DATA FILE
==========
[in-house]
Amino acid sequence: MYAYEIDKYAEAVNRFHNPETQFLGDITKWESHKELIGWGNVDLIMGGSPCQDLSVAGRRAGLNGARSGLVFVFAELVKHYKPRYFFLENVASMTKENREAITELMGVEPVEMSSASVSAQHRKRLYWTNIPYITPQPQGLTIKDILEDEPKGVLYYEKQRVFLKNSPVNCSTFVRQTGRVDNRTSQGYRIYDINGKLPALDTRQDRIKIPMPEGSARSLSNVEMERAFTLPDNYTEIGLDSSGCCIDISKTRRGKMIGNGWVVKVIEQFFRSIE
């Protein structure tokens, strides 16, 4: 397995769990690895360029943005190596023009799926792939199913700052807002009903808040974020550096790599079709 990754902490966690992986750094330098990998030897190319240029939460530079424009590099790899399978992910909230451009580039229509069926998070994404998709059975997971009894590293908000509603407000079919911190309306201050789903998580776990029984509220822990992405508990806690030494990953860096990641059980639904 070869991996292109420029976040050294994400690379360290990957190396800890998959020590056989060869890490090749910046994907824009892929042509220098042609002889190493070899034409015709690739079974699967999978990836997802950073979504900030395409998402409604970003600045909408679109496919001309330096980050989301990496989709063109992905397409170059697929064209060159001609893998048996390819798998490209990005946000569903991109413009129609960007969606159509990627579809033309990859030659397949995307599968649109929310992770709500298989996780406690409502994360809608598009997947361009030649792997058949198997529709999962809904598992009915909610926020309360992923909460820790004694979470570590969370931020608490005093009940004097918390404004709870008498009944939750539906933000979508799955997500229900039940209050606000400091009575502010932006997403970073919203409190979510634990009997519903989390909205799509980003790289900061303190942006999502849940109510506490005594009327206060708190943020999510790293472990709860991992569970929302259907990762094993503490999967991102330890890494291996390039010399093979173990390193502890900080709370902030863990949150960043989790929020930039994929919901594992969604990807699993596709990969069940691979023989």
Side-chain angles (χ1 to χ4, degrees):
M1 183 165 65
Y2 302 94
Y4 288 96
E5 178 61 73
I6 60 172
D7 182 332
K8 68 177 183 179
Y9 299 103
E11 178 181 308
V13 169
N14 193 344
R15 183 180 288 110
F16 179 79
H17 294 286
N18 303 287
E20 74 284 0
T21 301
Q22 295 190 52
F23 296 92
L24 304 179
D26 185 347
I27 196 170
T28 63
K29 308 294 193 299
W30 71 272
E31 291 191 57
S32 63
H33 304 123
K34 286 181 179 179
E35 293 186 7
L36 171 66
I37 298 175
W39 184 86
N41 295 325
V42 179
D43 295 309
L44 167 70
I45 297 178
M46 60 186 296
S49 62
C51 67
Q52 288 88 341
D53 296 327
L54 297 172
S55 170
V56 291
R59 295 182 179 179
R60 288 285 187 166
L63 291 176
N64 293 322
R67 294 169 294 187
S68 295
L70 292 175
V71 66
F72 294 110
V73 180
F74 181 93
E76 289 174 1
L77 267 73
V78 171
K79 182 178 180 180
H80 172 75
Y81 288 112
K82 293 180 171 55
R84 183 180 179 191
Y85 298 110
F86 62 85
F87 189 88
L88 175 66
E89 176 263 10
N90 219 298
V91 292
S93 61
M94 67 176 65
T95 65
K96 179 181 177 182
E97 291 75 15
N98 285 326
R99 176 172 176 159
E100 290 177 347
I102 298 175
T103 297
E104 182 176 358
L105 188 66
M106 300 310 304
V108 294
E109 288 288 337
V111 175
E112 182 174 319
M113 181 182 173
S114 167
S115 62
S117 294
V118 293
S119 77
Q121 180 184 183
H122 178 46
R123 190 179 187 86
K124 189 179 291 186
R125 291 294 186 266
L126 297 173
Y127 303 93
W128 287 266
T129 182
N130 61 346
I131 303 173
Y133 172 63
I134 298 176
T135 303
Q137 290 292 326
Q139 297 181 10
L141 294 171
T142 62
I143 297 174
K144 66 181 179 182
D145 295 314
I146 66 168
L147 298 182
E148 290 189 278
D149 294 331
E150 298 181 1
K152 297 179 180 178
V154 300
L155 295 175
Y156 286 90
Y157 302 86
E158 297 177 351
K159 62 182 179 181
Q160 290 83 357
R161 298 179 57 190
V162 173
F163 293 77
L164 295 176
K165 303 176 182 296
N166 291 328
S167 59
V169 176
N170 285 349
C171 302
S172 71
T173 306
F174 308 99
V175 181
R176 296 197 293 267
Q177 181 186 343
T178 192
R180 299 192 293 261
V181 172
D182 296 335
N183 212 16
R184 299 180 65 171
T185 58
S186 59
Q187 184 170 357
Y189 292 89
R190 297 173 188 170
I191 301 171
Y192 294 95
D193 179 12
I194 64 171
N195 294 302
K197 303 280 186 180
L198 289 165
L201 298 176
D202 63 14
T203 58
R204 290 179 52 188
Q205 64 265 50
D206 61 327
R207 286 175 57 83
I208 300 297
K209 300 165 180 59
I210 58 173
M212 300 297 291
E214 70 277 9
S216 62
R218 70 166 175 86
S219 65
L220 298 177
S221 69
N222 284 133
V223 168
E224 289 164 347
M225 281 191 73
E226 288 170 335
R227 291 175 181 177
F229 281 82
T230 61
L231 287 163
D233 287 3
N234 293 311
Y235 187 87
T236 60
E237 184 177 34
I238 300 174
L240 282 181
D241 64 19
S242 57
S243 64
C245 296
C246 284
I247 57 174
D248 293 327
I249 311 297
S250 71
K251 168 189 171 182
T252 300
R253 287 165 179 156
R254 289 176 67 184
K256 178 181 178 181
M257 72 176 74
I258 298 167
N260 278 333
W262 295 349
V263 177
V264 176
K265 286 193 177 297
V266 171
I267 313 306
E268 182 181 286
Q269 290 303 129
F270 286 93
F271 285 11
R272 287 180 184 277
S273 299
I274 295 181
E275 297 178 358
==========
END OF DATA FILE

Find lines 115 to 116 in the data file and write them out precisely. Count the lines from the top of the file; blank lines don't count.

Q139 297 181 10
L141 294 171